Today marked an historical moment in the Heavy Vehicle Industry in Australia, with the introduction into the Queensland Legislative Assembly of the Heavy Vehicle National Law Bill by Transport and Multicultural Affairs Minister, Annastacia Palaszczuk MP.
When enacted in early 2012, the legislation will pave the way for a major reform process that will transform regulation of the heavy vehicle industry in Australia, under a national regulator starting on the 1st of January 2013.
It is envisaged that when passed by all jurisdictions, it will help ensure a safer and more productive heavy vehicle industry. Whilst this will provide consistency in cross border operations, I need time to digest the Bill to ascertain the benefits if any for the Bus and Coach Industry, said David Tape, Executive Director of the Queensland Bus Industry Council.
I am concerned that this may be a one size fits all approach that may indeed have benefits for the Trucking industry, but one which may hamper efficiencies and innovation in the Bus and Coach industry, Mr Tape said.
Our industry is already heavily regulated through compliance audits, accreditation and fatigue management, this must not be another layer of bureaucratic red tape which will only serve to stifle our industry, concluded Mr Tape.
The peak industry body representing hundreds of bus operators in Queensland has condemned the Bligh Government's bungling of the ongoing pay disputes between bus operators and the TWU in Brisbane and the Sunshine Coast.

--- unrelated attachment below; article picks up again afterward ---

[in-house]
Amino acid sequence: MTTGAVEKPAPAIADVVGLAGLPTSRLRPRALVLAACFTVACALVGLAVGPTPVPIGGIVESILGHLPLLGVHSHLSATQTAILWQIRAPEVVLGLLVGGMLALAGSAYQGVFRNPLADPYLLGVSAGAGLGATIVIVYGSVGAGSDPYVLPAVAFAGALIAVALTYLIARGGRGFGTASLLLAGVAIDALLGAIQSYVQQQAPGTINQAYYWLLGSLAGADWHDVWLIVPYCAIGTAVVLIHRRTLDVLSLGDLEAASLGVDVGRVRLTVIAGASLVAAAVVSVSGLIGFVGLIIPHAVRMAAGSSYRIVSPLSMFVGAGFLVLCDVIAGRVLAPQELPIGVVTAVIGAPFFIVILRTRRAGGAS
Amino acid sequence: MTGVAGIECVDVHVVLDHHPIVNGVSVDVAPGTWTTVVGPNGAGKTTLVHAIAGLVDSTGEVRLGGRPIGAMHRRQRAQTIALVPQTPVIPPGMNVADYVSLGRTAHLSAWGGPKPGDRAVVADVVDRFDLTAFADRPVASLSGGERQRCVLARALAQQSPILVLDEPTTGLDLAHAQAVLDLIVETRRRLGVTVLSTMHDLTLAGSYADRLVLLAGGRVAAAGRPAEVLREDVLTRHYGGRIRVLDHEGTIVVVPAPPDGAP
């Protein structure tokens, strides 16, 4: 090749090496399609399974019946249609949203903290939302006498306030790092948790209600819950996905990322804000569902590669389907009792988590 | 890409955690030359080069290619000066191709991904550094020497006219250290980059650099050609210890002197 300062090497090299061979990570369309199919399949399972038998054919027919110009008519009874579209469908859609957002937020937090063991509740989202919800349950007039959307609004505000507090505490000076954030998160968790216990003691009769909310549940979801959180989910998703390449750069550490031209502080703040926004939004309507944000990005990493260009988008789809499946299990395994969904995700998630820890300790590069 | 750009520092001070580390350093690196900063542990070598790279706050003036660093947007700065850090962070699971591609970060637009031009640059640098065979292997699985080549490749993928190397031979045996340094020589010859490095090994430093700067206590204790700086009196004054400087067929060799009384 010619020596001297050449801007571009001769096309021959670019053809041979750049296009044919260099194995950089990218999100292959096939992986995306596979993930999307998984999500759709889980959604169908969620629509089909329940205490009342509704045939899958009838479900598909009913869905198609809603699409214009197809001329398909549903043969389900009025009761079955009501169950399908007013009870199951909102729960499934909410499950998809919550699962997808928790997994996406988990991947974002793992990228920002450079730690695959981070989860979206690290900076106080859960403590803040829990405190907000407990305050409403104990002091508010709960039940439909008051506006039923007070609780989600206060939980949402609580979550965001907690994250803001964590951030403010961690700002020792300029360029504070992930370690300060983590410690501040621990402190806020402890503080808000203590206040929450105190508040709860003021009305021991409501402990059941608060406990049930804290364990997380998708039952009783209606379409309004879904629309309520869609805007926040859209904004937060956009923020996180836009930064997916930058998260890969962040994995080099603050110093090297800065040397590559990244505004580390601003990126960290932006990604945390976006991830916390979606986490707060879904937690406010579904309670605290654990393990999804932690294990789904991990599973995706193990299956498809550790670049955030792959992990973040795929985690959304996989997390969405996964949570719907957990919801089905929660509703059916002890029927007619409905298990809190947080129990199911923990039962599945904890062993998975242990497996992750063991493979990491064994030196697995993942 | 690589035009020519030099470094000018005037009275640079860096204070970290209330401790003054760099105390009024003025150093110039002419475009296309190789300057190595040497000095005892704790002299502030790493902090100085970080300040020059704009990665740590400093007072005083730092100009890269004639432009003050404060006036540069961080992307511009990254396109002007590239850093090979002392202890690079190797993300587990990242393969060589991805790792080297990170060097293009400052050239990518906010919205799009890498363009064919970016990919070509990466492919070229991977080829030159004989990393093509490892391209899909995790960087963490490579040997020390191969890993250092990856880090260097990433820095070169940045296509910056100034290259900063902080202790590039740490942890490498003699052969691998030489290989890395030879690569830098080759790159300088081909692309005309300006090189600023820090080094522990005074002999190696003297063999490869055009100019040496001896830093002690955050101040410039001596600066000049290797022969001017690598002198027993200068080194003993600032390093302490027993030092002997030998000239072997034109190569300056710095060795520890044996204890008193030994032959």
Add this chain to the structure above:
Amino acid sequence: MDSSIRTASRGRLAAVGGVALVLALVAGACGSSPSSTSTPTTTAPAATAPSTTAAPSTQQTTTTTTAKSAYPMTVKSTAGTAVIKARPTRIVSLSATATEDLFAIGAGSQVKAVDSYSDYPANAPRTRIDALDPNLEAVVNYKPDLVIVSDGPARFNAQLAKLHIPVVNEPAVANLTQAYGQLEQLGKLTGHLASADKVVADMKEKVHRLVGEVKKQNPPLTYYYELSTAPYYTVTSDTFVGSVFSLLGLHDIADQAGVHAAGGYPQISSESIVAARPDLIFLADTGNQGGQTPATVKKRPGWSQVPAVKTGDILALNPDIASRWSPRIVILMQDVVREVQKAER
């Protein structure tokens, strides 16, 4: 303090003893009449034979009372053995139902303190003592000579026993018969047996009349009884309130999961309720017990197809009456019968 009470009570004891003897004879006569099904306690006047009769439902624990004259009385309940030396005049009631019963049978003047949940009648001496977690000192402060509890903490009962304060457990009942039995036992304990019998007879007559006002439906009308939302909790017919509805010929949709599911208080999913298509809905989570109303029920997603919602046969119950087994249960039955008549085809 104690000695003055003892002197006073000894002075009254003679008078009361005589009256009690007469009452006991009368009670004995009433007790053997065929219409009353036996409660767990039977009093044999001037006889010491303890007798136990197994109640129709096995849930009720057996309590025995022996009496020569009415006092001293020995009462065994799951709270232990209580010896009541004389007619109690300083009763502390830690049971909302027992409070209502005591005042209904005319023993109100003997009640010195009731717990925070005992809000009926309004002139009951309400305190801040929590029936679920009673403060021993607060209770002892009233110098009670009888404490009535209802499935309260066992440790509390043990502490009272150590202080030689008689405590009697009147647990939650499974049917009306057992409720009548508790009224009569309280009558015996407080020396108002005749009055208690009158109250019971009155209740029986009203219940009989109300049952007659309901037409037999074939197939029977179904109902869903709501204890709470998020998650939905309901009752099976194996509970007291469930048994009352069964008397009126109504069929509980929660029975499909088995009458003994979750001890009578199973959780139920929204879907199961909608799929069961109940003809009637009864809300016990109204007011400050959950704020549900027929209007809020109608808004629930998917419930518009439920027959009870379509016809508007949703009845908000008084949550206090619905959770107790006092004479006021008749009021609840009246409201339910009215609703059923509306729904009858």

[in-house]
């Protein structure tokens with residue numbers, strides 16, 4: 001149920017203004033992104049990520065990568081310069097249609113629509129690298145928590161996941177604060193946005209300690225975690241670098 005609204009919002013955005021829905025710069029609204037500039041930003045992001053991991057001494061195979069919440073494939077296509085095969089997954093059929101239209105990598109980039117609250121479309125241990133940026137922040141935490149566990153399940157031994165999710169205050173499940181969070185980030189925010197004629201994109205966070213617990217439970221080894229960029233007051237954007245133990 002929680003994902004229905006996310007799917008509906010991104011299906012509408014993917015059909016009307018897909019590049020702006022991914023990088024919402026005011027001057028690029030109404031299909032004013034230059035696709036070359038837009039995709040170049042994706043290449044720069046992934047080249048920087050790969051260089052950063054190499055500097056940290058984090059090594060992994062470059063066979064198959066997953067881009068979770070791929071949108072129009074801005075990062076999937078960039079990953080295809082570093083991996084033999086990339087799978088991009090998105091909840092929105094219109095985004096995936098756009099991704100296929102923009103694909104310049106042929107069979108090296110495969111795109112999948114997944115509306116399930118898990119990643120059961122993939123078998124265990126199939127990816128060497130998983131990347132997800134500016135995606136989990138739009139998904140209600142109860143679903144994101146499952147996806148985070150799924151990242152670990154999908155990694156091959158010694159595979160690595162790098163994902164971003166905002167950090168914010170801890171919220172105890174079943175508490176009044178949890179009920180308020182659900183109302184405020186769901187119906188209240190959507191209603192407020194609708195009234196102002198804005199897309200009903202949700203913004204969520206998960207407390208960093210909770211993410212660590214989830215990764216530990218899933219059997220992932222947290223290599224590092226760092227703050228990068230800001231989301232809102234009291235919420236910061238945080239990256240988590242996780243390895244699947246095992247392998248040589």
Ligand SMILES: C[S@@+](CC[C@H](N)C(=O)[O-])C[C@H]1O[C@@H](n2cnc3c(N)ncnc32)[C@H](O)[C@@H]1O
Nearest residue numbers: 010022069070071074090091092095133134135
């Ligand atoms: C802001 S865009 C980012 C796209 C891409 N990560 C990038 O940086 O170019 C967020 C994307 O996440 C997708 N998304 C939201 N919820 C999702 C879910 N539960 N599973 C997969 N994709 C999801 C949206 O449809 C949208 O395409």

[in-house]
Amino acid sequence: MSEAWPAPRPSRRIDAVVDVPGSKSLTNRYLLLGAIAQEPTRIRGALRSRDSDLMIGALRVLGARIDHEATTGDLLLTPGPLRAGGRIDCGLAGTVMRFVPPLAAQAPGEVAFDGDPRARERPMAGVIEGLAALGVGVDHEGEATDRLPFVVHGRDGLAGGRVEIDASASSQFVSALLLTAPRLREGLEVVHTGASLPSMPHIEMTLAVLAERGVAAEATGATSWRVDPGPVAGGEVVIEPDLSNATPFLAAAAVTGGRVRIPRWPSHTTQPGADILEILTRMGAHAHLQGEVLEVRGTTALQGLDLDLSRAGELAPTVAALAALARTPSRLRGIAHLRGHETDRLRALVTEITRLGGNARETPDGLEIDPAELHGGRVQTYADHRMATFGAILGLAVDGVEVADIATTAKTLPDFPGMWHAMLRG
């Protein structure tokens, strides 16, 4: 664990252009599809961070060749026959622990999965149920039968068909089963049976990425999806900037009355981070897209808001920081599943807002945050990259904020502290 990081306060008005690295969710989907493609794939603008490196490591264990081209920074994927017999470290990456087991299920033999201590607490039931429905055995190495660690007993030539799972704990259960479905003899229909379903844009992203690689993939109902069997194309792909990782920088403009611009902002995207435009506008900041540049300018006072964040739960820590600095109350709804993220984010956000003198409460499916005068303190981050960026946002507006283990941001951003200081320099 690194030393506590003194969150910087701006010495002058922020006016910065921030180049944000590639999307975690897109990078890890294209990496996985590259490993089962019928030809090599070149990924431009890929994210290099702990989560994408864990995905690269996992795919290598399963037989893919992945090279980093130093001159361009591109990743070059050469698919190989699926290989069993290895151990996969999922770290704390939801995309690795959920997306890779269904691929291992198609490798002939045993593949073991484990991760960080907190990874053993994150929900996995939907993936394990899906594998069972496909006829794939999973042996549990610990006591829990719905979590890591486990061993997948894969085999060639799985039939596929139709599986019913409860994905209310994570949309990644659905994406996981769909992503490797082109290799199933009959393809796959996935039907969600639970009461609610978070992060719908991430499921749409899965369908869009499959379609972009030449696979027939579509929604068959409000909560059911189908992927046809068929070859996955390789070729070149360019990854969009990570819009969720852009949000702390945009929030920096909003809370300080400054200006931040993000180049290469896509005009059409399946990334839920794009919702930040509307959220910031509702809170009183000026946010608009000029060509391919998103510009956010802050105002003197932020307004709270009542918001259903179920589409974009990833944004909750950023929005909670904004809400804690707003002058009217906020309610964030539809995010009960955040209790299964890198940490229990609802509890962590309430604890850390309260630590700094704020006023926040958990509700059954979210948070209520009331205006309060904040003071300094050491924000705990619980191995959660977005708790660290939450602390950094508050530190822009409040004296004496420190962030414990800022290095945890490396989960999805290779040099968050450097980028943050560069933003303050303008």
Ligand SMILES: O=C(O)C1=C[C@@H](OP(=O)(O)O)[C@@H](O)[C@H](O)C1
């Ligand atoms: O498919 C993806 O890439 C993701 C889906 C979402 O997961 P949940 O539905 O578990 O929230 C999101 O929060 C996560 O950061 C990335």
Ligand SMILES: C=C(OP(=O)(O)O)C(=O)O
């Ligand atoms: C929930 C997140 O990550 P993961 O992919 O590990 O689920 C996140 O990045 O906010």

Queensland Bus Industry Council Executive Director David Tape said the public needed to know that the root cause of the pay dispute is that the TWU is demanding more than the Bligh Government pays its operators.
"Whether you operate route bus services on the Sunshine Coast or school services in Theodore the Bligh Government is paying you the lowest rates on the eastern seaboard of Australia" he said.
Mr Tape said that the Government's latest decision to unilaterally suspend ancillary payments to operators caught up in industrial disputes was a staggering breach of its contractual obligations and has sent shock waves throughout the entire industry.
"This latest knee jerk reaction is not only a fundamental breach of contract law but has set aside decades of accepted industry practice", he said.
"We will not stand by as an industry and allow the Bligh Government and the TWU to threaten the livelihoods of hundreds of Queensland bus operators and the essential services they provide to the communities they serve. We will use every avenue available to protect our businesses and the tens of thousands of commuters who depend on us every day"
Mr Tape said that if the Bligh Government was serious about bringing an end to the industrial action they would have applied to Fair Work Australia or to the Federal Minister for Workplace Relations to intervene and have the matter arbitrated where an independent and binding decision can be made.
"That's how you get buses back on the road, not by shutting the operators down" he said. Available to discuss this release Monday 15th of August 2011.
Media contact: David Tape (Executive Director) Queensland Bus Industry Council Inc (07) 3397 1700 or 0407 002 970